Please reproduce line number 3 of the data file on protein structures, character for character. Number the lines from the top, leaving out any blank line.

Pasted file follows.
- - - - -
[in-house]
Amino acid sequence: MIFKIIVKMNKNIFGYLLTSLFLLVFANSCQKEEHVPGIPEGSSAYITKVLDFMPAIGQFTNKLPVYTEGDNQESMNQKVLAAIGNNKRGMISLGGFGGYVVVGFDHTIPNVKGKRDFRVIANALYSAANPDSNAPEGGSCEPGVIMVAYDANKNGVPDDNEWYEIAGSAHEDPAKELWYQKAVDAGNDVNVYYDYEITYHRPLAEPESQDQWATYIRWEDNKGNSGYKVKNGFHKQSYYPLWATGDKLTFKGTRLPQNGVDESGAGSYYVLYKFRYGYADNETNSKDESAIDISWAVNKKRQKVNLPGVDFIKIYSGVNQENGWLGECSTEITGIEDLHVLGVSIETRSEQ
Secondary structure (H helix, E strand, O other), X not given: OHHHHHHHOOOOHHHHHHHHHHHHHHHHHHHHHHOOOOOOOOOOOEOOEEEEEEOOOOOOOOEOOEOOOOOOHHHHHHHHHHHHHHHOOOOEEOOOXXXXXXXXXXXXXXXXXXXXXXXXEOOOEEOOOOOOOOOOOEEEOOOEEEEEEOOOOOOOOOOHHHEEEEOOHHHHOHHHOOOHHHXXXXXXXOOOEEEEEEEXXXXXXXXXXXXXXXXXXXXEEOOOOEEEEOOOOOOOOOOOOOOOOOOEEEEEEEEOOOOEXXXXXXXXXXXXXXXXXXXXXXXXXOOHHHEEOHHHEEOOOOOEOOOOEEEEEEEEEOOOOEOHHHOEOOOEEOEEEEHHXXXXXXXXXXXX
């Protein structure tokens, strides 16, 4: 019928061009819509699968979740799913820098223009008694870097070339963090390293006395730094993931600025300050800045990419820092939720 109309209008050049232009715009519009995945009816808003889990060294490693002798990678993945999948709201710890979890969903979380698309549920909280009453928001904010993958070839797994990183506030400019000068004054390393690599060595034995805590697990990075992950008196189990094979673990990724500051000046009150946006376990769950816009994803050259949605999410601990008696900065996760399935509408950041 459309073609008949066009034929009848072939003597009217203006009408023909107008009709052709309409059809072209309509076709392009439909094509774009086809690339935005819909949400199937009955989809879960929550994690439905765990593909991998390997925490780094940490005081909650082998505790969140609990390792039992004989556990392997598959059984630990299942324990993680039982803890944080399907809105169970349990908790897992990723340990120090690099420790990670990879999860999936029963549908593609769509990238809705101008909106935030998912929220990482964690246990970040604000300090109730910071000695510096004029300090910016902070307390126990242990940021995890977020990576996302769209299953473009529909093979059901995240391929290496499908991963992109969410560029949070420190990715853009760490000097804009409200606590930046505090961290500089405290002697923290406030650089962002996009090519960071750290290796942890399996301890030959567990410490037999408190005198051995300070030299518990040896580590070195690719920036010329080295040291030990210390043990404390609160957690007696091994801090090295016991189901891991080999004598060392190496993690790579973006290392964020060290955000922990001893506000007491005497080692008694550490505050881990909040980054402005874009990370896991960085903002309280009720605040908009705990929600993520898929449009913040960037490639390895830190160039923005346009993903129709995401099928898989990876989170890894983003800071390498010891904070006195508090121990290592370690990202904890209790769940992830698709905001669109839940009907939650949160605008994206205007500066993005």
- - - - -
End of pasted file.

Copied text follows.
Secondary structure (H helix, E strand, O other), X not given: OHHHHHHHOOOOHHHHHHHHHHHHHHHHHHHHHHOOOOOOOOOOOEOOEEEEEEOOOOOOOOEOOEOOOOOOHHHHHHHHHHHHHHHOOOOEEOOOXXXXXXXXXXXXXXXXXXXXXXXXEOOOEEOOOOOOOOOOOEEEOOOEEEEEEOOOOOOOOOOHHHEEEEOOHHHHOHHHOOOHHHXXXXXXXOOOEEEEEEEXXXXXXXXXXXXXXXXXXXXEEOOOOEEEEOOOOOOOOOOOOOOOOOOEEEEEEEEOOOOEXXXXXXXXXXXXXXXXXXXXXXXXXOOHHHEEOHHHEEOOOOOEOOOOEEEEEEEEEOOOOEOHHHOEOOOEEOEEEEHHXXXXXXXXXXXX